Sunday, November 9, 2008

Rethinking the Non-Negotiable

I've written before on frugality creep, and the incremental changes that happen when saving money becomes a mindset, a way of life. It's very difficult - and very uncomfortable - to shift too quickly from an average endebted, consumeristic lifestyle to severe pennypinching. In our lives the shift from spending to saving has been gradual and is ongoing.

For me there were certain big changes that happened early on, mostly the obvious ones: keeping and using a price comparison book, switching to CF light bulbs, hanging all my laundry up to dry, eating out less and less, learning to bake bread, selling off extra vehicles. But even as I enthusiastically set aside old habits and took up new ones, there were certain exemptions to my spending habits that I wasn't even willing to consider giving up. I think that's normal, and if you're new to frugality I think it's okay to devote your energies to learning new habits and skills for the time being. But when the new habits and skills have become routine, and the frugality bug has still got you bad, there comes a time when those exemptions start looking more and more profligate. Then it's time to reconsider them.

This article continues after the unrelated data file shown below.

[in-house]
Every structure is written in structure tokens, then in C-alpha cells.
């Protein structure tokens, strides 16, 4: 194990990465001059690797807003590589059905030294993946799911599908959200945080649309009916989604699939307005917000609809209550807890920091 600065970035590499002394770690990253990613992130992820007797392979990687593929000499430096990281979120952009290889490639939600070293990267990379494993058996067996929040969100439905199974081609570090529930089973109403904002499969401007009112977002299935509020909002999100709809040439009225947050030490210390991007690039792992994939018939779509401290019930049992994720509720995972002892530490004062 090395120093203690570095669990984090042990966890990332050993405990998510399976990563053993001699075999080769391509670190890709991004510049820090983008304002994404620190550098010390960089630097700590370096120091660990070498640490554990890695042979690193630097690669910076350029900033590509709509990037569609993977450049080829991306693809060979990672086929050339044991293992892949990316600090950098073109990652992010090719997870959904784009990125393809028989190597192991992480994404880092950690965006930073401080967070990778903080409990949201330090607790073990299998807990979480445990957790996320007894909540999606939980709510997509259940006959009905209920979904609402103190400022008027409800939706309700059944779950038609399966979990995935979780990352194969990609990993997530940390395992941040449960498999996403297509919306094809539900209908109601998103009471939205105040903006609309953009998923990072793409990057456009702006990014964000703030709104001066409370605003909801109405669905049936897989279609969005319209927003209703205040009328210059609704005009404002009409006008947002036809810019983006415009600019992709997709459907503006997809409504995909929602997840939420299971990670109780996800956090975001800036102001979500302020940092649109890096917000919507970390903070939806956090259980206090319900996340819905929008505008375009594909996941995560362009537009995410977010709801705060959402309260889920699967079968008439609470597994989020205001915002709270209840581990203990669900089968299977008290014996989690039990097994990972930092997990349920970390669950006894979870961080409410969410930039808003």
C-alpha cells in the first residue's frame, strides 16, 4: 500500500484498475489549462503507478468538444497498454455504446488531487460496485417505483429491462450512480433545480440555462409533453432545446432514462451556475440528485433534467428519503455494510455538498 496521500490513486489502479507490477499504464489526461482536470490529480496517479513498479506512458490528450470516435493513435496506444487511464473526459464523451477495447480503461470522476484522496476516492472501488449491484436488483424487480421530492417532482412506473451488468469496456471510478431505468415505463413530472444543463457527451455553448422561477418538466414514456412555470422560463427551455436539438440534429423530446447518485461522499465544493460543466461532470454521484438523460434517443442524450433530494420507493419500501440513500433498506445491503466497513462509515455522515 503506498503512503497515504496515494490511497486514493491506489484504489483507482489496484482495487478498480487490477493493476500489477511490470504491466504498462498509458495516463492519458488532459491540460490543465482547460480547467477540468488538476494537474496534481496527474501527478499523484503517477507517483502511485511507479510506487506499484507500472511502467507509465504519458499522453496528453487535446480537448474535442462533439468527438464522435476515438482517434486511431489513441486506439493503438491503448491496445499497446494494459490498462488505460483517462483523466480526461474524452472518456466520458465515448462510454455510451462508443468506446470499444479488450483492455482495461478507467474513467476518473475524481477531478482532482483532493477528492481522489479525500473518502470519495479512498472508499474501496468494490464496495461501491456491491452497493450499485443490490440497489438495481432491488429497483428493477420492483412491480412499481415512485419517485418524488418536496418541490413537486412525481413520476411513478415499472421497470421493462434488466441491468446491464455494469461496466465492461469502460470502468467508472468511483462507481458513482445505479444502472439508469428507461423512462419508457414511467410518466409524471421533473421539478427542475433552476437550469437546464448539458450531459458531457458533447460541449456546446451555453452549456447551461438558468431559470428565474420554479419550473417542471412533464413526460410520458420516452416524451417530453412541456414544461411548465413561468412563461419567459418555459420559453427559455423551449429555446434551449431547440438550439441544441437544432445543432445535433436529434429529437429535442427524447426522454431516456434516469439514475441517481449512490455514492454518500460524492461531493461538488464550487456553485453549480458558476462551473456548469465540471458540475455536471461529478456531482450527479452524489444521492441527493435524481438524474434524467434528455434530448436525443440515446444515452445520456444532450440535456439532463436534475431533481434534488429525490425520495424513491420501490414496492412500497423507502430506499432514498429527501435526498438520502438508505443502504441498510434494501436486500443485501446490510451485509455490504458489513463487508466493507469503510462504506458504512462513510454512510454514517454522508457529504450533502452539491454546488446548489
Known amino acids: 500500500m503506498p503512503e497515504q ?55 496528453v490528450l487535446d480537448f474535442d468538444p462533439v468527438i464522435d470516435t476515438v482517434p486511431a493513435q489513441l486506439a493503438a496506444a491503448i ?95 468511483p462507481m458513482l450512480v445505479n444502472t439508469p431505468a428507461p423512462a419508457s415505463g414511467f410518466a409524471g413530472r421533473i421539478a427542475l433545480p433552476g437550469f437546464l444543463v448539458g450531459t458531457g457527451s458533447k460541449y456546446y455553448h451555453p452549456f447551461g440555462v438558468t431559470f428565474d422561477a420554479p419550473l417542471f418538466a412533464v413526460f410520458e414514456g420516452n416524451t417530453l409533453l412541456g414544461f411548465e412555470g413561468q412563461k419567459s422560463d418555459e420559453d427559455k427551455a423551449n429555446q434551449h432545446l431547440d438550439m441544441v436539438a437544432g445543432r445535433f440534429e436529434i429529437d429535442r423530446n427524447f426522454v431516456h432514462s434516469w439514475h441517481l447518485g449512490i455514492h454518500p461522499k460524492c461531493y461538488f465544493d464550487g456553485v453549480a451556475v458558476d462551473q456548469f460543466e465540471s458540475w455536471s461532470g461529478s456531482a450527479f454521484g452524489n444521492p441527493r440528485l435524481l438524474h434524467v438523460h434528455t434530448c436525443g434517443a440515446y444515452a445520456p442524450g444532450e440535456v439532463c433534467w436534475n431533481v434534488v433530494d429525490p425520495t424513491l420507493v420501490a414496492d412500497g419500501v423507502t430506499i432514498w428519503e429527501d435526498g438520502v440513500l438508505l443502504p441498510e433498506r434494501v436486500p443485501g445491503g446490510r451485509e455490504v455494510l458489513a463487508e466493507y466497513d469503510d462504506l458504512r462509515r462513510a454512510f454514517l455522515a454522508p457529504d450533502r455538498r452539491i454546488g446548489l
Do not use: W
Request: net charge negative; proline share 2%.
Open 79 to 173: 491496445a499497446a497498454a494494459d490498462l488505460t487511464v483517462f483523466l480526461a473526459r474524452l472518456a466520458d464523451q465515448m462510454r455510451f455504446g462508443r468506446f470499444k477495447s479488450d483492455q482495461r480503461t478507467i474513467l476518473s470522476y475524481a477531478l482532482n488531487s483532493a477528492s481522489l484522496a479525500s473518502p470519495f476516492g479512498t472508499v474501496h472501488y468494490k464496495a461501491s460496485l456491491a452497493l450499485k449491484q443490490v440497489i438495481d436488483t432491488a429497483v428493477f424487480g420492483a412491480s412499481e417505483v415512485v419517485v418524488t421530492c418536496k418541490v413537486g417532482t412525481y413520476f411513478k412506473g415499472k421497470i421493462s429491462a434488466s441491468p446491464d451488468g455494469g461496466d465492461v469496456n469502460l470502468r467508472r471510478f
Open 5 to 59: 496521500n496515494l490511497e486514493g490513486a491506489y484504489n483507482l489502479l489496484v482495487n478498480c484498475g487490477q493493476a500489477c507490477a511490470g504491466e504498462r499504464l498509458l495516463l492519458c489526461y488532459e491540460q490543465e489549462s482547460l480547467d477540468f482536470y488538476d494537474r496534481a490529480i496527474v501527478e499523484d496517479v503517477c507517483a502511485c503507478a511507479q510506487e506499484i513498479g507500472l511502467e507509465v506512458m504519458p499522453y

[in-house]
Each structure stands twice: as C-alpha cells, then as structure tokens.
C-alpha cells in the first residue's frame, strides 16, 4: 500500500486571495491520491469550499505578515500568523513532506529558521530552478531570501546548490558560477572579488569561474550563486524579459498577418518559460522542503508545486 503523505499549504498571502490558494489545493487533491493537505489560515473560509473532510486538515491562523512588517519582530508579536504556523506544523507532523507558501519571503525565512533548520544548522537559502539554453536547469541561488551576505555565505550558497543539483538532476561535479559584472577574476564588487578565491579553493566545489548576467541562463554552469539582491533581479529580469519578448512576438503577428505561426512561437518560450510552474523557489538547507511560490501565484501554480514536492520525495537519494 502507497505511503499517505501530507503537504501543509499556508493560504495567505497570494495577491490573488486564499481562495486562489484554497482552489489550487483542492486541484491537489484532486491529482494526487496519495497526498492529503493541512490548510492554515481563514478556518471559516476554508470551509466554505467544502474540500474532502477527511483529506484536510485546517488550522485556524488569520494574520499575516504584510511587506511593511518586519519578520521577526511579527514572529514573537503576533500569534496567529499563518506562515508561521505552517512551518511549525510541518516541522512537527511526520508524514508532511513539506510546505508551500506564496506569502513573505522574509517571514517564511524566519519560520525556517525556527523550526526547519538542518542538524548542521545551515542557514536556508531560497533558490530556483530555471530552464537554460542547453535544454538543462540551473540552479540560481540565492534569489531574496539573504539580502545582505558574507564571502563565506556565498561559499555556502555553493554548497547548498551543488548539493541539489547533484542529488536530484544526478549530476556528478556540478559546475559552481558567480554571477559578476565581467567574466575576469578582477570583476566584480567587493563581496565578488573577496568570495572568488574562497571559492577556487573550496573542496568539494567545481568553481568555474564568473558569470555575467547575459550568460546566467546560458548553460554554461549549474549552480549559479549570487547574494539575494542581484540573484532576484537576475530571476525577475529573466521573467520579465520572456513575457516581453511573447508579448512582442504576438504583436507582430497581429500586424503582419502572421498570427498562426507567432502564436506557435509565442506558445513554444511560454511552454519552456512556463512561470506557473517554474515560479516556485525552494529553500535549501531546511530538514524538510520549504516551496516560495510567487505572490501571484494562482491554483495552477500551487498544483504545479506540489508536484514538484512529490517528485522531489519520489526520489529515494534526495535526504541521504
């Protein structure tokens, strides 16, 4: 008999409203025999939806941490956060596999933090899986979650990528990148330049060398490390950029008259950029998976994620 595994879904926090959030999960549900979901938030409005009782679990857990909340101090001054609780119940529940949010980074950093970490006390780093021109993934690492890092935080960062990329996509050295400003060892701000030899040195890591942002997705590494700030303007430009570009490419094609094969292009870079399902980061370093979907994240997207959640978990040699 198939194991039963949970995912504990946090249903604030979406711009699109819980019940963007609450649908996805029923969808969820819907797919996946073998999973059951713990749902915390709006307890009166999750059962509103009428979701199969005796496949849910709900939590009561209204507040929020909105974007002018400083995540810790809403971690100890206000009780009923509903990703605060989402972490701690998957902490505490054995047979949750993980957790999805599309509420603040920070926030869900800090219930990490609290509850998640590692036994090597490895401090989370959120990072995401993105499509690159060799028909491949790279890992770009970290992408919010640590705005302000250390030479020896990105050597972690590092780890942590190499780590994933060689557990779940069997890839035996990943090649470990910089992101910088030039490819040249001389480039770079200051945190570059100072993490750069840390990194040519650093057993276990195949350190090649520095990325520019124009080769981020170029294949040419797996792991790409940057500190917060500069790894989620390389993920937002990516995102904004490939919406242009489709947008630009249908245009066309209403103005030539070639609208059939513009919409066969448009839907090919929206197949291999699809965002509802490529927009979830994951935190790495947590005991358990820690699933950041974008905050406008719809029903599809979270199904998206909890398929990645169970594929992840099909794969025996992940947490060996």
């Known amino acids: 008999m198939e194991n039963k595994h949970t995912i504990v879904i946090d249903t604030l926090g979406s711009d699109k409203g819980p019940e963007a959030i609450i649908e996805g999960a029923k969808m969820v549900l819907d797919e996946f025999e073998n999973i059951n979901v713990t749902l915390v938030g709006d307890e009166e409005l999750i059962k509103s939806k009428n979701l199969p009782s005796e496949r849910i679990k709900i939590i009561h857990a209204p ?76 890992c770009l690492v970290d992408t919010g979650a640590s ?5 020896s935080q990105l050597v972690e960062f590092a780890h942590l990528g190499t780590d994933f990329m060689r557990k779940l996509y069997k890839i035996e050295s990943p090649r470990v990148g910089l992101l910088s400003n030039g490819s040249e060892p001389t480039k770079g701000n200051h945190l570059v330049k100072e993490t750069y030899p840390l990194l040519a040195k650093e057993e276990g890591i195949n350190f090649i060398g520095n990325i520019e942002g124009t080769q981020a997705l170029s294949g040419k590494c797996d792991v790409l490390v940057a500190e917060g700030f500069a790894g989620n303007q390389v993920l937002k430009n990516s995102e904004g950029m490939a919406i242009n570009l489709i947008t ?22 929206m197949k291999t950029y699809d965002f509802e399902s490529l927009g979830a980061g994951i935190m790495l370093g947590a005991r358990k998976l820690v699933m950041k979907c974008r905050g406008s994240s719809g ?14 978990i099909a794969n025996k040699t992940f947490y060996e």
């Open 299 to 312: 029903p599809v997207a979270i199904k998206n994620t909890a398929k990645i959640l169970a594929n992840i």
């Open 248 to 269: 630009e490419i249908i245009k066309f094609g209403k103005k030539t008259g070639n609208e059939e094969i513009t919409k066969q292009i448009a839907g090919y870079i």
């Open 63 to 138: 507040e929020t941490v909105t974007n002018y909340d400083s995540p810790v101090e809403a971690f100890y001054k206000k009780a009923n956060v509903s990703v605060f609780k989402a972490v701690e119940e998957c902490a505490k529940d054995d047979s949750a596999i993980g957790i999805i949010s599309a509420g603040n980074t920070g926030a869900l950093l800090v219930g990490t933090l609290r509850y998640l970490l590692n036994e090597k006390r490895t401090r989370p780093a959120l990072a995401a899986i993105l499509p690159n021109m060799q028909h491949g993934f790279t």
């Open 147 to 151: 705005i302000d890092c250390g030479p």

Confession time: I'm vain about my appearance in one particular way. I always wear foundation makeup when I'm out in public. I don't wear lipstick or eye makeup more than a few times per year, and most of the time I couldn't care less what clothes I'm wearing (so long as they're clean and warm enough). But for many long years I've spent good money on a cosmetics counter brand of foundation. I go through about two and a half bottles per year. That probably adds up to about $100 per year.